Re: testing — we are testing too much. It's over the top.

    Re: being gluten-free — it's because of my sensitive tummy. I have been tested and I don't have Celiac, but I have figured out (thanks to the project) that a person can be sensitive to gluten without having Celiac disease. It makes me feel better not to eat gluten.

    Re: college not being right for all — I agree. Schools are set up to point all kids to college, but that's not an option for all kids.

  21. Anonymous March 20, 2011 at 5:12 am #

    Yes! While I think it's great that schools point kids in the right direction to go to college if they so desire, this new "you must go to college or you FAIL LIFE" message is absolutely ridiculous. Many people found other forms of secondary education (or none at all!) and still have successful, meaningful lives. To tell kids that life is over at 18 because they're not going to college (ore worse–a specific college) is nothing short of sick, in my opinion.

    I work with children all day every day, and I'm finding that I regularly have to diffuse this college bomb. I'm seeing too many kids just FREAKING OUT thinking their lives are OVER if they don't get into Harvard. I wish I could scoop them all into hugs and just say "ssshhh. It'll be ok." 🙁

  22. Mrs. C March 21, 2011 at 1:15 pm #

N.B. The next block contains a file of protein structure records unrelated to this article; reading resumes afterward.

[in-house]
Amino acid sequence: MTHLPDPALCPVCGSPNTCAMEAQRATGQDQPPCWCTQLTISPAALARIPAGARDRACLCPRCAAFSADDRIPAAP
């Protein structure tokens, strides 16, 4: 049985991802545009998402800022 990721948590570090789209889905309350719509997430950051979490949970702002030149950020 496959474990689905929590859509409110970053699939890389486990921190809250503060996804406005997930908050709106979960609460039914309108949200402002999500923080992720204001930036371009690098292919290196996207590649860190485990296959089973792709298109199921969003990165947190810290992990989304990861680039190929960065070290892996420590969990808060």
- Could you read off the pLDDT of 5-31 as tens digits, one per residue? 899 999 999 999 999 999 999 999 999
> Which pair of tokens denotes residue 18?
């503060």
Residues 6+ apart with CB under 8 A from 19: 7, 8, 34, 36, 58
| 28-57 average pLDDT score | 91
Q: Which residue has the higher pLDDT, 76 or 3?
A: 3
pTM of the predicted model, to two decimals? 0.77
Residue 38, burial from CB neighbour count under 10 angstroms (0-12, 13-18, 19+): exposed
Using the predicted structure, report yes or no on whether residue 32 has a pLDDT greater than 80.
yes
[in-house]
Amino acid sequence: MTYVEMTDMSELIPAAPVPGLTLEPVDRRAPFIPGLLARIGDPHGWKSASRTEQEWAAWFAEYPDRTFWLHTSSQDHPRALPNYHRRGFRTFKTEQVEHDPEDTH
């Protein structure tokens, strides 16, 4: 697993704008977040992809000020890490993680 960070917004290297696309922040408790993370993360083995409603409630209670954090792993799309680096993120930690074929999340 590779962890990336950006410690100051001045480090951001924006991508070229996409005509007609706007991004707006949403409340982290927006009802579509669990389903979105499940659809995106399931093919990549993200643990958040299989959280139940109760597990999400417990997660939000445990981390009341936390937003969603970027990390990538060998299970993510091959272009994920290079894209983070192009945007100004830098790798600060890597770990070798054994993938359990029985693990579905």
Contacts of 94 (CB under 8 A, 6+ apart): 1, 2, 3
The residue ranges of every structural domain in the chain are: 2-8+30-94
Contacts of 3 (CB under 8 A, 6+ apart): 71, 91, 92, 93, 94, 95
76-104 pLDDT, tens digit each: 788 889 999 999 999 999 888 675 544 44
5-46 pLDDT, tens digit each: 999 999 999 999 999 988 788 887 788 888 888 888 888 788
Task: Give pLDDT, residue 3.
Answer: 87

I teach high school English, and the exam we administer our students at the end of their junior year is a "gateway" test: as in, a "you're not getting outta here with a diploma until you've successfully reconnoitered your way around/through ME" type dealio. They come to us FREAKED OUT by testing and what it has "meant" to their (presumed) personas, their record of ability and worth and value, both present and future. My department took a stand years ago now that we were gonna tell 'em ALL the truth: that they have been "prepping" for the exam in a very organic, human way since they were in utero; that they are capable by and large of taking and passing it even as freshmen; that the work we do in English class always and ever is about making them strong and resilient thinkers and communicants in the language most of them dream in; that if they dream in some other language, their skills as manipulators of text in BOTH their native and acquired languages will strengthen through our process. Then we make them read (a lot) and write (a lot). And they do well come June of their junior year. We high school teachers look like freakin' MIRACLE WORKERS, but we're not. And we tell the principal we're not, and we tell the Board we're not, and we tell parents we're not: we want them to give credit where credit is due. Our kids are–by and large–able learners who will do well even when (especially when) we don't spend our precious time with them in test prep. Confidence goes a long, long way toward accomplishment. My greatest wish is that some huge group of somebodies would JUST. FREAKIN'. GET. THIS. Teachers need to be given license to calm down; kids need to be told that they are able; tests need to be gotten through with some measure of aplomb until such time as we can eradicate the most heinous of them, and we all need to get back to the business of exposing kids to lots and lots of rich and provocative material that will encourage their very best thoughtfullness. None of us can lose when that is the target AND the arrow.